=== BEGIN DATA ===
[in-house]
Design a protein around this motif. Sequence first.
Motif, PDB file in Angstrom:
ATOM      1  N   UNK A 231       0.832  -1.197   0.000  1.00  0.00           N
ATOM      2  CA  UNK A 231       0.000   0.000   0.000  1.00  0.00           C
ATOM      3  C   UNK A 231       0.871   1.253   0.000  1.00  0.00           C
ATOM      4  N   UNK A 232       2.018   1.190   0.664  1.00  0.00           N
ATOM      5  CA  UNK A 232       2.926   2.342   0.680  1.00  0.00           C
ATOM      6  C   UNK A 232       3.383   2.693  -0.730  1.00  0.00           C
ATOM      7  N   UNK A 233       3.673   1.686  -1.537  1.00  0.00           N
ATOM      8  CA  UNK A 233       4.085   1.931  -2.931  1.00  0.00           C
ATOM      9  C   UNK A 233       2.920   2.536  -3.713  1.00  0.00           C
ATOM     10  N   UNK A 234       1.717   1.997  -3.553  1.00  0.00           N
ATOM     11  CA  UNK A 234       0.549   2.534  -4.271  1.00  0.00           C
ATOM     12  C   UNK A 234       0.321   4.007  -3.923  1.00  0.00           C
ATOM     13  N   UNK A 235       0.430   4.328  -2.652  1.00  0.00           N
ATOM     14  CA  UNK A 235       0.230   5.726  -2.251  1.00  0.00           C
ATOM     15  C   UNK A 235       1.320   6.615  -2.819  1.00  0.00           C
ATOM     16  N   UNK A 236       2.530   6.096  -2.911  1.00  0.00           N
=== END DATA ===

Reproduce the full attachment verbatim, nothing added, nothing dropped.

[in-house]
Design a protein around this motif. Sequence first.
Motif, PDB file in Angstrom:
ATOM      1  N   UNK A 231       0.832  -1.197   0.000  1.00  0.00           N
ATOM      2  CA  UNK A 231       0.000   0.000   0.000  1.00  0.00           C
ATOM      3  C   UNK A 231       0.871   1.253   0.000  1.00  0.00           C
ATOM      4  N   UNK A 232       2.018   1.190   0.664  1.00  0.00           N
ATOM      5  CA  UNK A 232       2.926   2.342   0.680  1.00  0.00           C
ATOM      6  C   UNK A 232       3.383   2.693  -0.730  1.00  0.00           C
ATOM      7  N   UNK A 233       3.673   1.686  -1.537  1.00  0.00           N
ATOM      8  CA  UNK A 233       4.085   1.931  -2.931  1.00  0.00           C
ATOM      9  C   UNK A 233       2.920   2.536  -3.713  1.00  0.00           C
ATOM     10  N   UNK A 234       1.717   1.997  -3.553  1.00  0.00           N
ATOM     11  CA  UNK A 234       0.549   2.534  -4.271  1.00  0.00           C
ATOM     12  C   UNK A 234       0.321   4.007  -3.923  1.00  0.00           C
ATOM     13  N   UNK A 235       0.430   4.328  -2.652  1.00  0.00           N
ATOM     14  CA  UNK A 235       0.230   5.726  -2.251  1.00  0.00           C
ATOM     15  C   UNK A 235       1.320   6.615  -2.819  1.00  0.00           C
ATOM     16  N   UNK A 236       2.530   6.096  -2.911  1.00  0.00           N